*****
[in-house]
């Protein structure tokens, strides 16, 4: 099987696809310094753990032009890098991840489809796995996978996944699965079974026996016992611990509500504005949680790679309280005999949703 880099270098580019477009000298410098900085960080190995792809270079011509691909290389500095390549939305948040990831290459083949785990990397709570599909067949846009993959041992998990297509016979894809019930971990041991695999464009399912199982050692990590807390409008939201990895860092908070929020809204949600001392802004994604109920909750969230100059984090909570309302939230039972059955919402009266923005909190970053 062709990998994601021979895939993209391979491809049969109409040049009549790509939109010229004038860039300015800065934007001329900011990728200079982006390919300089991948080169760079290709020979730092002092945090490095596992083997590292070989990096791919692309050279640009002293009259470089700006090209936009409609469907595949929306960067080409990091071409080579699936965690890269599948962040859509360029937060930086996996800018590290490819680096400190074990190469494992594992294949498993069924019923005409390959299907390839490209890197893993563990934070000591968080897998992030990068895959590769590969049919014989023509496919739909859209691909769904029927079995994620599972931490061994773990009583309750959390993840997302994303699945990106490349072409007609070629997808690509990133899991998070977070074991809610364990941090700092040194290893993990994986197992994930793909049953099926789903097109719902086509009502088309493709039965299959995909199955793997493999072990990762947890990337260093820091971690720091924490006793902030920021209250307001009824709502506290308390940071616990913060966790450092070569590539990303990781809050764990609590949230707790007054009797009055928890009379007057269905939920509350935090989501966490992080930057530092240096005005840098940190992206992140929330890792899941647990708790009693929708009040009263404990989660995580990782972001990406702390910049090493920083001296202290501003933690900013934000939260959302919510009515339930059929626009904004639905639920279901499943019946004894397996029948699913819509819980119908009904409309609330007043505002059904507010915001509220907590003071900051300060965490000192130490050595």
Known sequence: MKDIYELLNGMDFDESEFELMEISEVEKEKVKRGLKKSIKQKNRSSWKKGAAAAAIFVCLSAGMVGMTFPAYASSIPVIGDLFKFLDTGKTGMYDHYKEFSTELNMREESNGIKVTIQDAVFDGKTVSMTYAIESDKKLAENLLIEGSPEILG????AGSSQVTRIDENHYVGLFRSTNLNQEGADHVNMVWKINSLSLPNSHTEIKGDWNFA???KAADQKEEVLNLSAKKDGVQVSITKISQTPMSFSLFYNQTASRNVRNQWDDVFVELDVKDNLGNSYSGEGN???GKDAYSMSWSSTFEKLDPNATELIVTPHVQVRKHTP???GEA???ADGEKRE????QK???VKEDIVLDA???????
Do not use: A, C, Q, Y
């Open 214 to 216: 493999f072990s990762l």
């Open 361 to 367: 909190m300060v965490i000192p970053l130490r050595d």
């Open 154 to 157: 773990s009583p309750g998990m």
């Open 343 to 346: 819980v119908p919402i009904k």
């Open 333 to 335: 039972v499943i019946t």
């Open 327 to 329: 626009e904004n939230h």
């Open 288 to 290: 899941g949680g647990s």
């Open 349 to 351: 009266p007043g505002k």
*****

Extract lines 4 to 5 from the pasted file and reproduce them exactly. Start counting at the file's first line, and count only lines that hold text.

Do not use: A, C, Q, Y
């Open 214 to 216: 493999f072990s990762l």